The next one is intrusion detection and prevention. That’s also going to be in the A tier. So intrusion detection and prevention provides real time monitoring and proactive threat mitigation capabilities for the application and really useful. 

Next is managed web application firewall and that is also going to be in the A tier and not required for HIPAA, surprisingly, so you’re seeing here that there’s quite a few that aren’t specified, services that aren’t specified within HIPAA law. 

HIPAA is a very broad law, so depending on the use case, you might need a web application firewall or not. Generally, firewalls are common to find on any kind of computer. Having a managed web application firewall allows you to do things like restrict access to the application from certain geolocations. So it’s a really cool tool to have one of the most essential for security. All right, so we’ve done Tier C, B and A. Next we’re going to supreme Tier. First one in supreme tier is encryption at rest and in transit, and encryption at rest and in transit is required for HIPAA. 

And it basically makes sure that data is stored securely. So when the computer is switched off, it’s encrypted at rest, and then it also protects data as it moves between systems from your servers and outbound, and data coming in as well. So it’s fundamental for data transfer security. It’s required for HIPAA, and we’re putting it in our S tier. 

Next is access control management also required for HIPAA? And again, this isn’t a specific product, it’s more of a concept, access control management, having the right access control policies and tools in place to control access to the patient data, and for example, if you’re using Google Cloud, Google Cloud’s IAM identity access manager there’s also access control that could be put in place using password managers, sharing certain credentials with certain users. And generally this fits into the overarching security policy of least privilege and zero trust so is required for HIPAA and is in the S tier. Next is vulnerability scanning and management, also required for HIPAA, and it’s in the S Tier. And this essentially regularly identifies and manages system vulnerabilities to prevent potential exploits. So it scans the systems to alert if the softwares are running a little bit older, need to be updated. And this is essential for HIPAA there because vulnerabilities can occur with older versions of software. So it’s required for HIPAA.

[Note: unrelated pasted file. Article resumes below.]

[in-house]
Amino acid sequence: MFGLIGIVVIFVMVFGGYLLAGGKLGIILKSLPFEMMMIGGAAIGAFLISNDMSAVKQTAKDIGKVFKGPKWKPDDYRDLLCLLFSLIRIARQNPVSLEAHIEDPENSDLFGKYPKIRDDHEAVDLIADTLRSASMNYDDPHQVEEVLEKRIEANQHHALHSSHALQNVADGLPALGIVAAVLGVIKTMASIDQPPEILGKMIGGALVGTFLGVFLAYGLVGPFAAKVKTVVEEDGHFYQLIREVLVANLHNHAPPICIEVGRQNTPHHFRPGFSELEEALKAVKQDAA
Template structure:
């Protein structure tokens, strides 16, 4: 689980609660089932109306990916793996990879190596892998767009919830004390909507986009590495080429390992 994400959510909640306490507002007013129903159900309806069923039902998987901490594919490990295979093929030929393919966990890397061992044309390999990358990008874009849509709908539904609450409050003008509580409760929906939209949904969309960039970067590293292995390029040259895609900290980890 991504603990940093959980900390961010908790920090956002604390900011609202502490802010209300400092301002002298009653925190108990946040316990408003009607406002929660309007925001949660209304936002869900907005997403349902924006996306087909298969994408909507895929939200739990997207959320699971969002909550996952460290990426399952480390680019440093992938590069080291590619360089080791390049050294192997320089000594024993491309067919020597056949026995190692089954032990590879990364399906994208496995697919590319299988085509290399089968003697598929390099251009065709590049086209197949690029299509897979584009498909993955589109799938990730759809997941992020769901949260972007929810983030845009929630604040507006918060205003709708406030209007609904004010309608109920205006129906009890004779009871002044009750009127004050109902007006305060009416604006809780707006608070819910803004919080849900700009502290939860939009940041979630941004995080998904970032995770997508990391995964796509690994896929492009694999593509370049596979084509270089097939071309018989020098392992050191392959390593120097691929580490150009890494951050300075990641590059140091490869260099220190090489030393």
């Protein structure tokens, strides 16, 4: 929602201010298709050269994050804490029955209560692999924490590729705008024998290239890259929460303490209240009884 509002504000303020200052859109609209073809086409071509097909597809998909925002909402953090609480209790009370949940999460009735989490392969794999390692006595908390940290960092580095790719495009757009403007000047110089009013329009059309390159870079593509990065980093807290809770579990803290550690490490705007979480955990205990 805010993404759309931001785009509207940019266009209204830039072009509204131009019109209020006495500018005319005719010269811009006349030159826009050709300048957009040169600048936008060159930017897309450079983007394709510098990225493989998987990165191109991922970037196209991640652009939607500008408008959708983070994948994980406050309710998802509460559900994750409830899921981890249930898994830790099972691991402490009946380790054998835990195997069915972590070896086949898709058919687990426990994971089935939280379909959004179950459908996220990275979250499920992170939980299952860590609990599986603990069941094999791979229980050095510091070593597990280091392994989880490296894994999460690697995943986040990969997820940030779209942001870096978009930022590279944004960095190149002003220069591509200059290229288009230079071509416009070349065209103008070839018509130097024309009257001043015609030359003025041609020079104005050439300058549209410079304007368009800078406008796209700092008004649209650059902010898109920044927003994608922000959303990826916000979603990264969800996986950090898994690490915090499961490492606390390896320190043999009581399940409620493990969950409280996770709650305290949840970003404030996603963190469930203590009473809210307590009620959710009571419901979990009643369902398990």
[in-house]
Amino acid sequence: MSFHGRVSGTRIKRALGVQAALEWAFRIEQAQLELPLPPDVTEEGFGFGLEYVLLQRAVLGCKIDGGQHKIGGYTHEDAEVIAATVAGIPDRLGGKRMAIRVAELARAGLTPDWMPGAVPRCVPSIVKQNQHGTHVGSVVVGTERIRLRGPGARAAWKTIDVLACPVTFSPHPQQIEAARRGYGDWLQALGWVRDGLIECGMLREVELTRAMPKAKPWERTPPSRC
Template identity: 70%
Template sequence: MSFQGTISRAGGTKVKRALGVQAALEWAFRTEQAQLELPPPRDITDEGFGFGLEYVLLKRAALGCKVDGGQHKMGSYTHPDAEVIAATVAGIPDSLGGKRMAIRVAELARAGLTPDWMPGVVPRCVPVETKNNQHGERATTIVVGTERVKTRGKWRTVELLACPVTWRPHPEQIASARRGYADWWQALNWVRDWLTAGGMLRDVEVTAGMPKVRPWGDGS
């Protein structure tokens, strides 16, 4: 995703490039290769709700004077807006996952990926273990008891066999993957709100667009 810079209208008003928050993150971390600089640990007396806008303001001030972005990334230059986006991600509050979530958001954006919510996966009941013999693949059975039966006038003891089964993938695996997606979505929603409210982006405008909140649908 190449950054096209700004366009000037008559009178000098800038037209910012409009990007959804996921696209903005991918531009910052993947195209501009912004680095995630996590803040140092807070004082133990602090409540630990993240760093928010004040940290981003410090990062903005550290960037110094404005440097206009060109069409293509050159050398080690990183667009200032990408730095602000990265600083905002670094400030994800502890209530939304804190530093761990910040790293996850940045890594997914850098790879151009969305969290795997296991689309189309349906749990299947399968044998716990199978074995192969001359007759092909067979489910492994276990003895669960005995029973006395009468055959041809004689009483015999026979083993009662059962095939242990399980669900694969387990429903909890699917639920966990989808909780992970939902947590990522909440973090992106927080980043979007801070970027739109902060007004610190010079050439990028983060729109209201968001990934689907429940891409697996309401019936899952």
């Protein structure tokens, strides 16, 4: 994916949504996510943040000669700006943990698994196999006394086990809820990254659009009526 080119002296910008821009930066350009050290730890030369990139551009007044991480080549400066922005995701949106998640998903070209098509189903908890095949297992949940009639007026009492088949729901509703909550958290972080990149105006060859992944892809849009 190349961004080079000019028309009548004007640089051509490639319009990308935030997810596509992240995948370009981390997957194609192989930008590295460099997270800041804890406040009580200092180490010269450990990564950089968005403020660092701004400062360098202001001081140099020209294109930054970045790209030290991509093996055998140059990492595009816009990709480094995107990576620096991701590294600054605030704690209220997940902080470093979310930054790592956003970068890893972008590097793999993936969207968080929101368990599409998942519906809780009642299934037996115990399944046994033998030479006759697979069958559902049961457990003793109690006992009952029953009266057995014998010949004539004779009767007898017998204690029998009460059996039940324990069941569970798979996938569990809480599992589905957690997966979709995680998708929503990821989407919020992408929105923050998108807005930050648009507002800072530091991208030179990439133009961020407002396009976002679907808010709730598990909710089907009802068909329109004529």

And then finally SIEM, not required for HIPAA. If you Google SIeM tools, you’ll find a host of them, depending on which cloud you’re hosting the application in as well. They’ll probably have their own native SCIM tool. SEIM stands for security information and event management, and it provides comprehensive security management for monitoring and analyzing security events, and it’s crucial for threat detection and response, and there’s even a newer term, and that’s Soar. And SOAR stands for security orchestration, automation and recovery. The cybersecurity field is ever evolving, and SOAR is a fairly recent term, and Soar kind of alludes to a more broader SIEM, and it includes things like access to databases, where if a security vulnerability is detected, there’ll be databases on the website to see what the best practices are in order to remediate against that vulnerability and next steps there. 

IT nowadays includes AI tools that allow you to set up automation where it’ll automatically fix a vulnerability that’s detected so SOAR is also in there with SIEM. Typically we see this not being used for smaller entry level kind of applications. But as the application scales and you have a lot more servers, a lot more resources to protect SIEM tools for your security operations team to be able to effectively manage the security on the website so not required for HIPAA, but we love it. 

Great well so there is a list of essential security services. 

The list is non exhaustive, so there could well be some that we missed out there. If there’s any you can think of, let us know in the comments below. Understanding this tier list helps in building a robust, layered approach to cloud security. So from crucial to supreme, each tier plays its part in ensuring HIPAA compliance and the safety of patient data, ultimately.